• A good opening offer with the Tories would be (i.e. all Lib Dem ministers) the Depts of Education, BIS and Energy & Climate. We’d also keep the Chief Sec to the Treasury, with the Lib Dem fiscal mandate. All in return for the Tories’ beloved EU referendum.

  • Paul Pettinger 20th Feb '15 - 2:12pm

    The Times is trying really hard to help bring about another Conservative Lib Dem coalition, as they think it is very likely the only way that the Conservatives will be in Government after May.

  • David Evans 20th Feb '15 - 2:24pm

    Not certain it is the only way, but Paul is pretty close to hitting the nail right on the head. I think the Times may regard Nick as a nice bit of insurance to have available, just in case.

  • The Tories and right wing press are quite happy to flatter the Lib Dems but make no mistake thy regard them as useful idiots. I hope the party isn’t easily flattered.

  • Paul Pettinger

    Are you suggesting that Rupert Murdoch’s Times does not have the best interests of Liberal Democrats at the heart of what they are promoting? Surely not?

    Murdoch and his Newspapers have always been exemplary in their promotion of Liberalism and in their unstinting loyalty to the cause of the Liberal Democrats.

    In the next couple of weeks we can expect The Sun on Sunday to pitch in with headlines like —
    “THE ECONOMY — IT’s CLEGGIE WHAT DUN IT” .
    Page 3 will switch to pictures of David Laws stripped to the waist in the fields around Yeovil.
    And pigs will be sighted flying in formation over Paddy Ashdown as he commands his activists from The WendyHouse.

  • Julian Gibb 20th Feb '15 - 2:50pm

    his type of language is why you will lose seats in Scotland.

    http://wingsoverscotland.com/a-horrifying-thought/

  • @g
    “It is important, essential even, for voters to know the preferred choice of coalition partner for the lib dems, and what their red lines are.”

    What a good idea, but only after Labour and the Tories do the same first.

    I mean, seriously?

  • Paul Pettinger 20th Feb '15 - 3:17pm

    It’s Paddy Ashdown CH – in the Wendy House.

    On Jan 29th The Times carried an opinion piece – not from a former Lib Dem voter, coming back to the Lib Dems – but from the Conservative Party activist Tim Montgomerie entitled ‘Nick Clegg is the unsung hero of our times’. It’s like a ruddy faced farmer fattening up their prize pig.

  • RC, my point is that your hope of turning a terrible situation into merely a bad one relies wholly on tactical voting in your favour. Which tactical voters does your party want, right or left? You can no longer appeal to both.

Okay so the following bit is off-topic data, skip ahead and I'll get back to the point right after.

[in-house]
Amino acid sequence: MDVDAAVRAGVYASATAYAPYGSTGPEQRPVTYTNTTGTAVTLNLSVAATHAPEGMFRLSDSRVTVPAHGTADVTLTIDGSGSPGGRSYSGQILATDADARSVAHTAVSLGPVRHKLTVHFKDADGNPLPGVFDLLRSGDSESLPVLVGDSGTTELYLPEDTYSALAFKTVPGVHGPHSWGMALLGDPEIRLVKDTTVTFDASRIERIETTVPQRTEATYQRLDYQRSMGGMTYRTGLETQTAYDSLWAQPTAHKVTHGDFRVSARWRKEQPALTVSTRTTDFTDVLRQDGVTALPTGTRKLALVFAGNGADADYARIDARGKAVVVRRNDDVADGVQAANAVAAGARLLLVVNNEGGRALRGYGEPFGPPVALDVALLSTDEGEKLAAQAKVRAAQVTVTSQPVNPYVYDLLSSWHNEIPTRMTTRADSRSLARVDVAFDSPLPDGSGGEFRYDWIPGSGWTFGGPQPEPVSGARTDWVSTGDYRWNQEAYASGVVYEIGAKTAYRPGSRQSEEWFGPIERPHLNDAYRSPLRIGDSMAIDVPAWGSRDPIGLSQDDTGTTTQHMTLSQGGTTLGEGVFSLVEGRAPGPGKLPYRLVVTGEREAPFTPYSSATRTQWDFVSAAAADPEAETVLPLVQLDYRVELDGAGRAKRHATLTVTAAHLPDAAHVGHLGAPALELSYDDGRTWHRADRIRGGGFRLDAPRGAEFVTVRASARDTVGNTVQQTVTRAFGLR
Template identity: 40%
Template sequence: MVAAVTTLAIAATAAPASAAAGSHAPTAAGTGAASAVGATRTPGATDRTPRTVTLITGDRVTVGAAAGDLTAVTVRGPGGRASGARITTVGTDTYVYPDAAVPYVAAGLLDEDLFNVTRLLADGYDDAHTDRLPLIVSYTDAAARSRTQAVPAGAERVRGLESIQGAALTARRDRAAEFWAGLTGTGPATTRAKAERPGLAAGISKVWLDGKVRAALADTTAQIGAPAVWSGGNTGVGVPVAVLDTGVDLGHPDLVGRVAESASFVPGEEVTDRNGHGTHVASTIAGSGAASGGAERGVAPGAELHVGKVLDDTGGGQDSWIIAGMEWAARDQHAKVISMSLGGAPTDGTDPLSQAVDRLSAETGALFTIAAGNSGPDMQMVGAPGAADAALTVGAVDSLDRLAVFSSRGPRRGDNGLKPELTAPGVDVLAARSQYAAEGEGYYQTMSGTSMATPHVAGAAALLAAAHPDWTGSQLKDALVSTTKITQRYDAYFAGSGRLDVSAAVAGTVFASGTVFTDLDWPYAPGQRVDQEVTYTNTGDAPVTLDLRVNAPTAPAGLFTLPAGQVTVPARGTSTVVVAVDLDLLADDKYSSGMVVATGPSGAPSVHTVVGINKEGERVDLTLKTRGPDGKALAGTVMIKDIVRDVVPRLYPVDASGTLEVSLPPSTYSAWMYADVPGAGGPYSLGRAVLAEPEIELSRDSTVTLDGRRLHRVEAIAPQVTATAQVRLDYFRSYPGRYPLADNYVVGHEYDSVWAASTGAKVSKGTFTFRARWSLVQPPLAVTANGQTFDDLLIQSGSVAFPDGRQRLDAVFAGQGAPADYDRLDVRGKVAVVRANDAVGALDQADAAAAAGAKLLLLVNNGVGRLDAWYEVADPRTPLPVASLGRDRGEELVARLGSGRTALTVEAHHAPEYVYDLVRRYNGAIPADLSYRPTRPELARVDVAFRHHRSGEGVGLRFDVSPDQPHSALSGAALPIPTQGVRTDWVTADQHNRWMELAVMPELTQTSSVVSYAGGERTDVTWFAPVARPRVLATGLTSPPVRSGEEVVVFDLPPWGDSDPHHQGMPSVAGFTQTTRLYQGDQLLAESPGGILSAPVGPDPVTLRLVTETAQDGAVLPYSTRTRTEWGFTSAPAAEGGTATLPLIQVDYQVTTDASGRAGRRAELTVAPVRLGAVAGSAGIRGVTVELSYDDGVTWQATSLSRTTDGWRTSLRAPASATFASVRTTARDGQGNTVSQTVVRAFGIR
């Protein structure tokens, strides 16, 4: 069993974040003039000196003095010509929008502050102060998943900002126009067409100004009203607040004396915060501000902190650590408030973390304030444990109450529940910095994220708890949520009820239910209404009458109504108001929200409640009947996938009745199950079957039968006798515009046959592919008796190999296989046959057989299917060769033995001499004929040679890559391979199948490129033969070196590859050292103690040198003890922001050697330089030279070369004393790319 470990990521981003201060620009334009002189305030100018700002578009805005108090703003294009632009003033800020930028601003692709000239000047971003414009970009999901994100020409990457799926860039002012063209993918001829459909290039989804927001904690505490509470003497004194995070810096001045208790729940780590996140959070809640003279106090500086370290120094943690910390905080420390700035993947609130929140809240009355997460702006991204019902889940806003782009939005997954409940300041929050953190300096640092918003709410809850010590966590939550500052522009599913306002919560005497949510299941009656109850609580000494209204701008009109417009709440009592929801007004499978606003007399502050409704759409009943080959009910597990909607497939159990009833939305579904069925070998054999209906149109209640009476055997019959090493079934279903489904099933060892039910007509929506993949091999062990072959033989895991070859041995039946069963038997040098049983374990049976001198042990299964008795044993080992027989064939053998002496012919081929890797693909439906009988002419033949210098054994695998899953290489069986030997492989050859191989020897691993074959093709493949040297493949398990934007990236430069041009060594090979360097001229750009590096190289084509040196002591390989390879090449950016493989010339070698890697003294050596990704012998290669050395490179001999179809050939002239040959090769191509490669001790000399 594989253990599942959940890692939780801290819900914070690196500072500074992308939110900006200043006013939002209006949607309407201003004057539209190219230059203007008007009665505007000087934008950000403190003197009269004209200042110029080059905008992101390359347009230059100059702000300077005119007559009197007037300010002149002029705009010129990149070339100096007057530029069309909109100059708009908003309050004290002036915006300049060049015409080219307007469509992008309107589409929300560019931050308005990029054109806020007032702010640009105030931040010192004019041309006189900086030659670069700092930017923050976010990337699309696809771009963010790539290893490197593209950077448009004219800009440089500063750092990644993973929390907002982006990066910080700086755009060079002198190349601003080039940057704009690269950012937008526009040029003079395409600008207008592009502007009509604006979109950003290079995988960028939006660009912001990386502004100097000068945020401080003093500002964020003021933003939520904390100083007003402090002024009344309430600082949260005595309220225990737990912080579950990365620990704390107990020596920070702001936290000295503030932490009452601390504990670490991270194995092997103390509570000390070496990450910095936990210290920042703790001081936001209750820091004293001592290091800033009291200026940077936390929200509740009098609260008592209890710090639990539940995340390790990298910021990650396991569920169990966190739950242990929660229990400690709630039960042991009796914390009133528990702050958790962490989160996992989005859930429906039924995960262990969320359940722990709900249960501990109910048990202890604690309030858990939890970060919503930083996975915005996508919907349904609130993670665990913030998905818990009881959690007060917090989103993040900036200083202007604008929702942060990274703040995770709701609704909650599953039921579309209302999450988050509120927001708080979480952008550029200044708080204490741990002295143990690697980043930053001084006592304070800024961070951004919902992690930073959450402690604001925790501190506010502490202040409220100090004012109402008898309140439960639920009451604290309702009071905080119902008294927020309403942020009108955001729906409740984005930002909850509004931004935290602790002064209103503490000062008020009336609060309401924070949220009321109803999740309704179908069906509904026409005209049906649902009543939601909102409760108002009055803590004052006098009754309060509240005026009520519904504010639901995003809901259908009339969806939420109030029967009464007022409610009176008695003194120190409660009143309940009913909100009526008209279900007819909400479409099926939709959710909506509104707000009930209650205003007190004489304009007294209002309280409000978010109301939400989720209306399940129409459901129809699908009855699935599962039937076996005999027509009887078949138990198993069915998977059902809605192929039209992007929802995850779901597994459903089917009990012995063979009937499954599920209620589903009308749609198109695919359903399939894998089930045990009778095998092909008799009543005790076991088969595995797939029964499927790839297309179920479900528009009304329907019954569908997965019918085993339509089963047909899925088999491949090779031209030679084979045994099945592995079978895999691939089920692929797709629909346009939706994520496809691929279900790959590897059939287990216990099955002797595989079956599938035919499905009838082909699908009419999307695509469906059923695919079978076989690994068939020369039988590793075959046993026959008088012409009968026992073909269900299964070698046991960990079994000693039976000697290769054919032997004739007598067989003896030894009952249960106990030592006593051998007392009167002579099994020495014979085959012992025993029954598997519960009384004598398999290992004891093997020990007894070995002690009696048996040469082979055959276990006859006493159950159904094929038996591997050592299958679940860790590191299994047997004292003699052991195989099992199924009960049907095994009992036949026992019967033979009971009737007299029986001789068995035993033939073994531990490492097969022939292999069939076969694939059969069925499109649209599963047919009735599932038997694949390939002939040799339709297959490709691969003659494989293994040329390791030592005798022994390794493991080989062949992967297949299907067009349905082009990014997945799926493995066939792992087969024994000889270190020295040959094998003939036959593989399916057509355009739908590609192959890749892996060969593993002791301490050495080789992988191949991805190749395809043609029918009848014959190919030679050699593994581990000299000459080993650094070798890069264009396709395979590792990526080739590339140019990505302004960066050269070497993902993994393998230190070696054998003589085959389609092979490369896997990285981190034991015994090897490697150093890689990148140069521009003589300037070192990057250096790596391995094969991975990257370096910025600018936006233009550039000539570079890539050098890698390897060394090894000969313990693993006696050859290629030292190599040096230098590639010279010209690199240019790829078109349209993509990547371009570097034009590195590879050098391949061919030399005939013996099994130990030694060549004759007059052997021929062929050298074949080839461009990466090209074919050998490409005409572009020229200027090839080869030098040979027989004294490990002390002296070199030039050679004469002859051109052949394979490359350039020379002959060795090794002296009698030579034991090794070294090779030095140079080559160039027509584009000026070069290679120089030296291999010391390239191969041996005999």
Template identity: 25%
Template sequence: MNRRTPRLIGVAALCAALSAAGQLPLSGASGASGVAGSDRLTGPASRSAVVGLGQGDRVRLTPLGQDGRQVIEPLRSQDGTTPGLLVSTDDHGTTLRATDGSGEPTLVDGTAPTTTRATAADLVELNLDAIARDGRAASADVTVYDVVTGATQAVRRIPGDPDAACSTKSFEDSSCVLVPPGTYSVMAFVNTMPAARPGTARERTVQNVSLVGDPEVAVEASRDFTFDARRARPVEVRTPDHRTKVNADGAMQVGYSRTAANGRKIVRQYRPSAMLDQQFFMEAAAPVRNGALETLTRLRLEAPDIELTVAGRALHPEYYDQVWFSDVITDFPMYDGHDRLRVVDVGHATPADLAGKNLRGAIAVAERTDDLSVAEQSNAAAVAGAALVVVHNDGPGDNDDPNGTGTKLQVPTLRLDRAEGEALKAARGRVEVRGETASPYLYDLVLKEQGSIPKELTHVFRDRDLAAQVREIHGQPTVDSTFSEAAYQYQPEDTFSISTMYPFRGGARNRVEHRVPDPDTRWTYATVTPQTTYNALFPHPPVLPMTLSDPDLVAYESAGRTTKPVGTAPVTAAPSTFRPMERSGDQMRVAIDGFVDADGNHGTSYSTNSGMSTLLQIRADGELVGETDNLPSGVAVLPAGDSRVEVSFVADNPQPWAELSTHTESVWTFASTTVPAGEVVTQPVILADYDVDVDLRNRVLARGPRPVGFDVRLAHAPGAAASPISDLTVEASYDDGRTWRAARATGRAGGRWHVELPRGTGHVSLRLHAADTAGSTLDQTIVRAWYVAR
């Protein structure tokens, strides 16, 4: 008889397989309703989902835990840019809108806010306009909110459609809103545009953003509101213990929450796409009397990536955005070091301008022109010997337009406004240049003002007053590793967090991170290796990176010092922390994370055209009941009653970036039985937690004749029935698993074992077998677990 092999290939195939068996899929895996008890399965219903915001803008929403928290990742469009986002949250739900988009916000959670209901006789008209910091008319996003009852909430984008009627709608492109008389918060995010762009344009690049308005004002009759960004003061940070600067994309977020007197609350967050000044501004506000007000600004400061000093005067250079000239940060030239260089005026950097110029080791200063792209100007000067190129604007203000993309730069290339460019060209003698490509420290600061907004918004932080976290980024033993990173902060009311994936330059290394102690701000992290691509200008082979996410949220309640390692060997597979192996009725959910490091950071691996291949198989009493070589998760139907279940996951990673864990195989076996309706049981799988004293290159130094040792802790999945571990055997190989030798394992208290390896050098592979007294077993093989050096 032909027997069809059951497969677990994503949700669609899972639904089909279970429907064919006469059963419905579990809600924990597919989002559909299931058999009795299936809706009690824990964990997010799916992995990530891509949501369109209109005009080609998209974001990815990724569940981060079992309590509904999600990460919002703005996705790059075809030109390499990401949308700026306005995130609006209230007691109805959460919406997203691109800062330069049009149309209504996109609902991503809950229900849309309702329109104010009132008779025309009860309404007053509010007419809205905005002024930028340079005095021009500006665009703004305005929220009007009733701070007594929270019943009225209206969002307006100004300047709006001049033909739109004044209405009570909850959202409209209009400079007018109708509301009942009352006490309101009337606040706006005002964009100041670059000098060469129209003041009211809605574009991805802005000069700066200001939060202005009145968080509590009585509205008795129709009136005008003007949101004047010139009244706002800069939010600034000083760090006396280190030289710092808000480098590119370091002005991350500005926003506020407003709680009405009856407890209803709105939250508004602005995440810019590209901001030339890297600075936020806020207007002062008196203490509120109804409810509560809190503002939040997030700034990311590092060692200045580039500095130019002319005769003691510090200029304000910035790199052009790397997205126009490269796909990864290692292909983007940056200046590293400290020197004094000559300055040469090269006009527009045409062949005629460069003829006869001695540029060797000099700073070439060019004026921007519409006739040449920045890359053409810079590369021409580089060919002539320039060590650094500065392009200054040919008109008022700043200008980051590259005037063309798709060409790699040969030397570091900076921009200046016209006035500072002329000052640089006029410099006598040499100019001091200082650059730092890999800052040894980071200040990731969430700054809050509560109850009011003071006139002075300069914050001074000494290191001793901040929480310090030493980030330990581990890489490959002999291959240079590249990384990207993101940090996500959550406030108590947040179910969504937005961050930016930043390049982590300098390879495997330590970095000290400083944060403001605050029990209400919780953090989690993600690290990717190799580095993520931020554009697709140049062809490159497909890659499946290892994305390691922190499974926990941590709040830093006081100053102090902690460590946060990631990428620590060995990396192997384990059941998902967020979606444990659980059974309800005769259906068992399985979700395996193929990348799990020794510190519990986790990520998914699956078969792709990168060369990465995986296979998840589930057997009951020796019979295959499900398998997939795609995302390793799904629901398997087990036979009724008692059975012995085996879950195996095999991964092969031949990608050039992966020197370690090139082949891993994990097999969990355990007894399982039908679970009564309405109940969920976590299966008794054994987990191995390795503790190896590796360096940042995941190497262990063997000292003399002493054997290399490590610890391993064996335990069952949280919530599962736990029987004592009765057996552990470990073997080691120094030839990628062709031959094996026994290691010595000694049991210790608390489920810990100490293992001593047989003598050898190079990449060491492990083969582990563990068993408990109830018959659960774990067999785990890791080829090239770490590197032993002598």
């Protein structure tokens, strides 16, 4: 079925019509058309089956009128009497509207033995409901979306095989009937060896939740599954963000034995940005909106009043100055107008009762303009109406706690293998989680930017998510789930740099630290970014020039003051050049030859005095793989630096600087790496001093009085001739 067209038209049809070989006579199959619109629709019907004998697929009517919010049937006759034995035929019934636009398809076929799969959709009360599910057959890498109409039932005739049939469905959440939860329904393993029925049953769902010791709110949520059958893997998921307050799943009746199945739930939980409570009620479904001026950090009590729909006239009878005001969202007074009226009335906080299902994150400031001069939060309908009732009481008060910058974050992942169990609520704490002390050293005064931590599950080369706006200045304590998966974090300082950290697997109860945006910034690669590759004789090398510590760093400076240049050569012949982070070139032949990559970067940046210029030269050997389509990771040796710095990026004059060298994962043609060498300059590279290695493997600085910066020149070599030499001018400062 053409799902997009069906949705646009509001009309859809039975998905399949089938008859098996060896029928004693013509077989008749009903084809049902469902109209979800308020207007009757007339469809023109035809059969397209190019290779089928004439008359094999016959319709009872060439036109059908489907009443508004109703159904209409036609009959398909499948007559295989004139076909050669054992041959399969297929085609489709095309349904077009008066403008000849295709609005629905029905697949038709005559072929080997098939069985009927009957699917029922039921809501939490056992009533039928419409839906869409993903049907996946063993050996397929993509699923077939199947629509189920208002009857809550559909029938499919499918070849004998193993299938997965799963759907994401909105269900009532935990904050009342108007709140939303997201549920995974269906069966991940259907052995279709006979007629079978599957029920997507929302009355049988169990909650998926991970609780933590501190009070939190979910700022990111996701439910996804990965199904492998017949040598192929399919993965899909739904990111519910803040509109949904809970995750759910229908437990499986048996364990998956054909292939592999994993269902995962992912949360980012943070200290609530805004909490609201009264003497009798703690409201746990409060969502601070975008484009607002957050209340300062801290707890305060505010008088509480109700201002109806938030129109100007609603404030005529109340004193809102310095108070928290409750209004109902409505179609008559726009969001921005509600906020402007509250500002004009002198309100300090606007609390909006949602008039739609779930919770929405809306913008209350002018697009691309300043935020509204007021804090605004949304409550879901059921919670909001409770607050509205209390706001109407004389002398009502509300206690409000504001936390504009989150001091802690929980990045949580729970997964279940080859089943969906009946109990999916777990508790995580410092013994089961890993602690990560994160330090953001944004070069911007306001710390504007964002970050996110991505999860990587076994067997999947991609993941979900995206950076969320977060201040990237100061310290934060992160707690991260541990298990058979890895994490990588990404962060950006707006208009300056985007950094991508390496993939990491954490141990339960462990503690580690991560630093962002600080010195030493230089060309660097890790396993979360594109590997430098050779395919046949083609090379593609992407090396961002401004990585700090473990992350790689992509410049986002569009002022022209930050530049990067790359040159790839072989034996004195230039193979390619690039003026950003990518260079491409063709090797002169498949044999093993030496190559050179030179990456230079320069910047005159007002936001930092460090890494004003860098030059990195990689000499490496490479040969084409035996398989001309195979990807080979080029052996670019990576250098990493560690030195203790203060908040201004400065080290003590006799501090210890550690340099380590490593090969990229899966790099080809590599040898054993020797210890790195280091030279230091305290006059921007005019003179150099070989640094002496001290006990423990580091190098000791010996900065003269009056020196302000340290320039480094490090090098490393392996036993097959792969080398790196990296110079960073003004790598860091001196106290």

• What they have in mind as far as “survival” for the Lib Dems in this context is something like the scene in Alien where Sigourney Weaver discovers her crew mate, who has been taken over by an alien but is somehow weirdly still alive. This is what a second coalition with the Tories would be like.

    He begs her to kill him.

  • David Faggiani 20th Feb '15 - 3:31pm

    Nice ‘Alien’ reference, RC. Especially as that scene is only in the Director’s Cut 😀

    I for one can’t work out if this last-months-of-Parliament optimism we seem to be experiencing is meaningful and substantial, or like the rush of narcotic endorphins people are said to experience on their deathbed. Either way, I can’t stand the suspense much longer. I’m so glad D-Day is only 2-months-and-change away.

  • Nick Collins 20th Feb '15 - 3:54pm

    ” I’d genuinely think Nick Clegg would make a fantastic Foreign Secretary.”

    Perhaps a bit ambitious: Governor -General of The Falklands, perhaps?

  • Nick Collins 20th Feb '15 - 3:58pm

    Sorry, “perhaps” twice in one sentence. Perhaps apposite ‘though; Nick Clegg as the perennial “perhaps” man.

  • paul barker 20th Feb '15 - 4:48pm

    I firmly beleive that a Referendum should be a absolute No. The only compromise I would see as acceptable is that we would allow the Tories parliamentary time but vote against the bill allowing the Referendum; either there would be a majority without us or not. On balance my preference is for Opposition while we work on breaking open splits in Labour & the tories & winning Local & Byelections.
    On the question of when the Polls will shift, it could be not till April so lets all try to chill.

  • Chris Rennard 20th Feb '15 - 4:48pm

    Phil Collins was a member of the Commission that I chaired some years ago on behalf of the voluntary sector into what it wanted from the ‘Big Society’. I too was disappointed that he was not the singer/songwriter/drummer ex of Genesis and was only a former (but very talented) speech writer for Blair.